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Molecular Biology Laboratory Analyst: Job Description and Outlook

Learn about the education and preparation needed to become a molecular biology laboratory analyst. Get a quick view of the requirements as well as details about training, job duties and workplace information to find out if this is the career for you.

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Molecular biology laboratory analysts generally work in a lab performing tests on a variety of biological materials. Their work is used for a number of purposes, including to identify illnesses or chemical compositions. These professionals must have a bachelor's degree in a related field.

Essential Information

A molecular biology laboratory analyst is a scientist who prepares, conducts, monitors and reports the results of lab tests. Depending on their specific job responsibilities, molecular biology laboratory analysts may also be called lab technologists, technicians, research associates or assistants. These workers typically hold a bachelor's degree in biology or a related field.

Required Education Bachelor's degree
Projected Job Growth (2014-2024)* 5% (for all biological technicians)
Median Salary (2015)* $41,650 (for all biological technicians)

Source: *U.S. Bureau of Labor Statistics

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Molecular Biology Laboratory Analyst Job Description

Lab technicians and technologists perform tests on chemical specimens and samples of tissue, fluids or other biological material in order to detect or diagnose illness, understand chemical composition, alter the sample or detect anomalies. Additionally, they may adjust, calibrate and maintain all equipment, record and analyze results, report their findings to lab supervisors and adhere to all laboratory procedures. Laboratory analysts also help maintain the condition of the laboratory and the equipment, prepare chemicals and specimens for study, order additional lab supplies when needed and communicate with other lab personnel.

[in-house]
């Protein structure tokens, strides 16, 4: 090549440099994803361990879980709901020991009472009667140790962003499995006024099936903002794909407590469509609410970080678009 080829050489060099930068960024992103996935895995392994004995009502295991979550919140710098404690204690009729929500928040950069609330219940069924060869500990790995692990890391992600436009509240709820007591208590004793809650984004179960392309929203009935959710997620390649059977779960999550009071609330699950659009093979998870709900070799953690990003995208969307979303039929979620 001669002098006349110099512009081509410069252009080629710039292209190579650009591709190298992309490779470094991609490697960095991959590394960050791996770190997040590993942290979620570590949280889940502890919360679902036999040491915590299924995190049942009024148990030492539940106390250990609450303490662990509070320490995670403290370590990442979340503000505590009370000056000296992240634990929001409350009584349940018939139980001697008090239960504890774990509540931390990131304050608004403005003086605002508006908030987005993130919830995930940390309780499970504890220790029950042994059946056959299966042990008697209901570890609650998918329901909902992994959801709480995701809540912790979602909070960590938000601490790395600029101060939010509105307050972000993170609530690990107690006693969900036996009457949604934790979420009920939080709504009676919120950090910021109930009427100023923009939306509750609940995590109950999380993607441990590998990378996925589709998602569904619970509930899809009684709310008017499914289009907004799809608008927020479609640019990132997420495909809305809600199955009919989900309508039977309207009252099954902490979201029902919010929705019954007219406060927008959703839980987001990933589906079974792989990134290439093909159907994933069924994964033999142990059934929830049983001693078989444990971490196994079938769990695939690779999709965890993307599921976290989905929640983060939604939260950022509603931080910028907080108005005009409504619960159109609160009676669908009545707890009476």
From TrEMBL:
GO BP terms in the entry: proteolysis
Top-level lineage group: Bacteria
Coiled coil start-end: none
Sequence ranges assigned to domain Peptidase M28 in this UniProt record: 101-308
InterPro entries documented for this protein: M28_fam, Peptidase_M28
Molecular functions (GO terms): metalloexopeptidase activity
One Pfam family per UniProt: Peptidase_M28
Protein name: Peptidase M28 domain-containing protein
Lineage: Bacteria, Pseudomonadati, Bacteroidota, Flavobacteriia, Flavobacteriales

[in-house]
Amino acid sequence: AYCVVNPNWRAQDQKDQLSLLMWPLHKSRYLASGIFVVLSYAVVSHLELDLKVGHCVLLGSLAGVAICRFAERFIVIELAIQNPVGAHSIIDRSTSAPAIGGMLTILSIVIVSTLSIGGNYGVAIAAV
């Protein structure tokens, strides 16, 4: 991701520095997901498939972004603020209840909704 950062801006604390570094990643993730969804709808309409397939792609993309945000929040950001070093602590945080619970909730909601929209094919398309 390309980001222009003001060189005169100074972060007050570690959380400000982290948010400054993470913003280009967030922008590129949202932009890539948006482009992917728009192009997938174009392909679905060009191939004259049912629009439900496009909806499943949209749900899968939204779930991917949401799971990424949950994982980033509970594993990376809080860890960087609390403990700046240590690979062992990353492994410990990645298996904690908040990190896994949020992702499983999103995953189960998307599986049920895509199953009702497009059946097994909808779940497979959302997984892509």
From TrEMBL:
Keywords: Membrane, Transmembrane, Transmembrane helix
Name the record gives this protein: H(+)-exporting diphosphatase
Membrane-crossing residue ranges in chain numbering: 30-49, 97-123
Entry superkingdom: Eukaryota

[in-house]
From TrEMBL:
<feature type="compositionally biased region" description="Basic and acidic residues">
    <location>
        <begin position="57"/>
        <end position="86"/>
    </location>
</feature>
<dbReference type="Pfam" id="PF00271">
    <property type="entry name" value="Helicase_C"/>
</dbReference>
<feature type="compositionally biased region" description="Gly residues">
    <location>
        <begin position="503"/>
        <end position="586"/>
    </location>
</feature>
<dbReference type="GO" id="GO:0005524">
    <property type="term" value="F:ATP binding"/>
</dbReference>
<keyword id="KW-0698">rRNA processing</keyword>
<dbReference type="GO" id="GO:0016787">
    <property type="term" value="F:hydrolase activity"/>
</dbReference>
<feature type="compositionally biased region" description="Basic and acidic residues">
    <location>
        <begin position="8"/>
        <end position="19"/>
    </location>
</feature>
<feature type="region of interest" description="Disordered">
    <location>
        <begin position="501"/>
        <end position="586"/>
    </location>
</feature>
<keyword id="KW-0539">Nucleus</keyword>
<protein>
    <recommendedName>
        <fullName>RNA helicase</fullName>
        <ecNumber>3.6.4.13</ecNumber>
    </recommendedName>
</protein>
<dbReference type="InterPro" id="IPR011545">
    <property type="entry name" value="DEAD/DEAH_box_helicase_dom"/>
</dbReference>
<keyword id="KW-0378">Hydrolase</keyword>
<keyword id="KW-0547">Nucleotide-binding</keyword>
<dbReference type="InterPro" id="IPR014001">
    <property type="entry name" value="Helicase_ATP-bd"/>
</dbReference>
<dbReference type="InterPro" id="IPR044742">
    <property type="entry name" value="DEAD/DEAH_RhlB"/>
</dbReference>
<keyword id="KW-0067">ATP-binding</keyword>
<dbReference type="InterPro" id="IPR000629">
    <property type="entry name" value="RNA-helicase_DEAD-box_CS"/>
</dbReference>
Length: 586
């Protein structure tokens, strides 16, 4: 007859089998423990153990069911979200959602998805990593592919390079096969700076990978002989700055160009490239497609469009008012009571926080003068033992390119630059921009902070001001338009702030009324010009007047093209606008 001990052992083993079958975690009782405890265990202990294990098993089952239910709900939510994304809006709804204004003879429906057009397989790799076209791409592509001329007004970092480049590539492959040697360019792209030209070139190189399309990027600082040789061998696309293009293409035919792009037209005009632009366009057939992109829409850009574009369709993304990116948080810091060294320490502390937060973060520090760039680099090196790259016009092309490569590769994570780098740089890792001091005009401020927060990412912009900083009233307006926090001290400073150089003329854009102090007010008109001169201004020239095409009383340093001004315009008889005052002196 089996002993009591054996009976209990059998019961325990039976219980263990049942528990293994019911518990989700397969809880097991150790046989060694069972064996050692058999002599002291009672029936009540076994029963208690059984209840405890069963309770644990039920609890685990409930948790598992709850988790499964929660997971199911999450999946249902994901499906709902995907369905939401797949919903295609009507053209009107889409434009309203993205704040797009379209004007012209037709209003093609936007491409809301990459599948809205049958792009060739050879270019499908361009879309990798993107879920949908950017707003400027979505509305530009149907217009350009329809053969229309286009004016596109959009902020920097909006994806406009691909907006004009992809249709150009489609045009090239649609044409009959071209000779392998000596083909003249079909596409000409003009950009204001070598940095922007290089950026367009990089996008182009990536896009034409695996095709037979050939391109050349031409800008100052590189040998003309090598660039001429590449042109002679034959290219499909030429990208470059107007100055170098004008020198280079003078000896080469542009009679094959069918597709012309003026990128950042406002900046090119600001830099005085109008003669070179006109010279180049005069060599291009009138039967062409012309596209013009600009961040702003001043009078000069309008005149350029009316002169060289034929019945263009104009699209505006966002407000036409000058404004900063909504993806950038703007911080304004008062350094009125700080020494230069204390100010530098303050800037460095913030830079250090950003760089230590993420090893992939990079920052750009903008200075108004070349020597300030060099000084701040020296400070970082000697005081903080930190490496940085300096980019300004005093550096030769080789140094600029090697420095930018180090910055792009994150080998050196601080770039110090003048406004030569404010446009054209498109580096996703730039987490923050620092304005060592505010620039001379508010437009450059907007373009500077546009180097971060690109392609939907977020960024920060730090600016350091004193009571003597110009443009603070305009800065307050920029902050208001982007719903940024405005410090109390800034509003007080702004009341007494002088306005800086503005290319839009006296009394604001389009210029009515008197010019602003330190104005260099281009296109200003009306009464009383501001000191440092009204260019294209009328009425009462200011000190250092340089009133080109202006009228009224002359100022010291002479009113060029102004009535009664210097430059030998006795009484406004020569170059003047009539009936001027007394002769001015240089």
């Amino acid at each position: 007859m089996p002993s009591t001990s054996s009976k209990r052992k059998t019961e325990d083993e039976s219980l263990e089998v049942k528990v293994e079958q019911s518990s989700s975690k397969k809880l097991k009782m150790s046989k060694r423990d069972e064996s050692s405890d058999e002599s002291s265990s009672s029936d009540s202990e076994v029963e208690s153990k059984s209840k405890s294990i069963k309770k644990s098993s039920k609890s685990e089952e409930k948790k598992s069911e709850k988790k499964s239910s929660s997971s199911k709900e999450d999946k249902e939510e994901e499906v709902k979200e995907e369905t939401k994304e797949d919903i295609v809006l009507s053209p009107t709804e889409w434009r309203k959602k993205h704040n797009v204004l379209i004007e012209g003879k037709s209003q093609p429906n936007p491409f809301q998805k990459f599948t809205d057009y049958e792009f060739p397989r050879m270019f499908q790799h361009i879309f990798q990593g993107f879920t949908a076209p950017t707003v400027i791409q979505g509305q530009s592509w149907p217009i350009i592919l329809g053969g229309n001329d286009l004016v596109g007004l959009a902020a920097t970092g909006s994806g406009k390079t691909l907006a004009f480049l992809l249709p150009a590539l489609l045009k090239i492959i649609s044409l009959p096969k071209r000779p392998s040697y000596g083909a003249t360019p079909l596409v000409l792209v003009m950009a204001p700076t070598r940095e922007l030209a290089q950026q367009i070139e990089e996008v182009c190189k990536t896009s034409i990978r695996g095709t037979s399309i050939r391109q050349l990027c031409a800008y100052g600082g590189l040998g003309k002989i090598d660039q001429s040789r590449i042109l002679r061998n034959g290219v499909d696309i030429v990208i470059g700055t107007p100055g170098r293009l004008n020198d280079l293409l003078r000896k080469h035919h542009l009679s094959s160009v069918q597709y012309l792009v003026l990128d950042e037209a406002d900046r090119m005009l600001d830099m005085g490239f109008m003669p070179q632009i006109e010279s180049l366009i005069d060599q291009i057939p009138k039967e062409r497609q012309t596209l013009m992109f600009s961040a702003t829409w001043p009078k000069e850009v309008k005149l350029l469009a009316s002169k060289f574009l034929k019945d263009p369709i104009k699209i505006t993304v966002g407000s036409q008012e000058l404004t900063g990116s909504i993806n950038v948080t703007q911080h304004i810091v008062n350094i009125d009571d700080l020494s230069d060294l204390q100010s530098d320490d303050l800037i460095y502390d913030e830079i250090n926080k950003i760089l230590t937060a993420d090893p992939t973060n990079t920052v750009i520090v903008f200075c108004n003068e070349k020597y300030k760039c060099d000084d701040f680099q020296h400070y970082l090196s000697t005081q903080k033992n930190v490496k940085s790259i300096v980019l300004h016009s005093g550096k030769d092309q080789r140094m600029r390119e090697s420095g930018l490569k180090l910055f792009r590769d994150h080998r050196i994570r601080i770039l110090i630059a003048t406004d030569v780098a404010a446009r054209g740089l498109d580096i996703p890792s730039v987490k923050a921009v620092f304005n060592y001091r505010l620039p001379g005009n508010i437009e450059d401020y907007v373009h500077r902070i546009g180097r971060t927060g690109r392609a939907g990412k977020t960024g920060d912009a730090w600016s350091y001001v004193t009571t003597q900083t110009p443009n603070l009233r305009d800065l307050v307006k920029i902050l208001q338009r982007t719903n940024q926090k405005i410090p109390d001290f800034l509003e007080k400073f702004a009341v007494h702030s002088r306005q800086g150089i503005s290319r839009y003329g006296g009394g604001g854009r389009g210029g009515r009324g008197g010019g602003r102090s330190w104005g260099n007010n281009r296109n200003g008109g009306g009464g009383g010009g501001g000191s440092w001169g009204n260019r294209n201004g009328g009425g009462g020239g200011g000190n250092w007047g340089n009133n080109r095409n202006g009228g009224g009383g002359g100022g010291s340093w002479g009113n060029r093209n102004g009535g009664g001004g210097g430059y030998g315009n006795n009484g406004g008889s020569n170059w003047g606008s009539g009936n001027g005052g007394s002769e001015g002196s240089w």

Specialized Duties

Often, the specific type of laboratory setting will determine the specific job tasks. Lab positions in clinical, medical and diagnostic laboratories, for example, may require the collection of bodily fluids or cell samples from patients. This type of analyst often looks for abnormalities that signal disease or improper chemical balances. At academic institutions, biotechnology and pharmaceutical firms, analysis may be more research-based or experimental, with the goals of developing new methods, techniques or products.

Workplace

Molecular biology laboratory analysts are often employed in clinical or medical laboratory settings, as well as diagnostic labs, independent biotechnology firms, pharmaceutical companies and academic institutions. Because they need to maintain sterile conditions, lab analysts wear protective clothing and use a variety of automated lab equipment to minimize exposure and prevent contamination.

Career Outlook for Molecular Biology Laboratory Analysts

The U.S. Bureau of Labor Statistics (BLS) predicts a positive outlook for a variety of science technician careers in the 2014-2024 decade. Overall employment of life, physical, and social science occupations is expected to see 5% growth during that 10-year span. Within the field, biological technicians should also see a 5% increase in jobs, while clinical laboratory technologists and technicians are expected to experience 16% job growth. The BLS cites increased demand for pharmaceutical and biotechnology research, as well as the development of new types of laboratory tests and a larger population in need of such testing, as the primary factors for growth.

As of May 2015, biological technicians earned a median annual salary of $41,650, while medical and clinical laboratory technicians brought in $38,970 per year. The highest paying biological technicians in 2015 worked in management of companies and enterprises, while dentists' offices paid medical and clinical laboratory technicians the highest salary at that same time.

The specific tasks for this profession vary depending on the laboratory and employer's needs, however typical daily duties often include setting up equipment, recording test results, and analyzing data. They are also required to follow lab procedures and assist in keeping the work space in good condition. These analysts are often employed by clinical or medical labs, biotechnology companies or a postsecondary institution.

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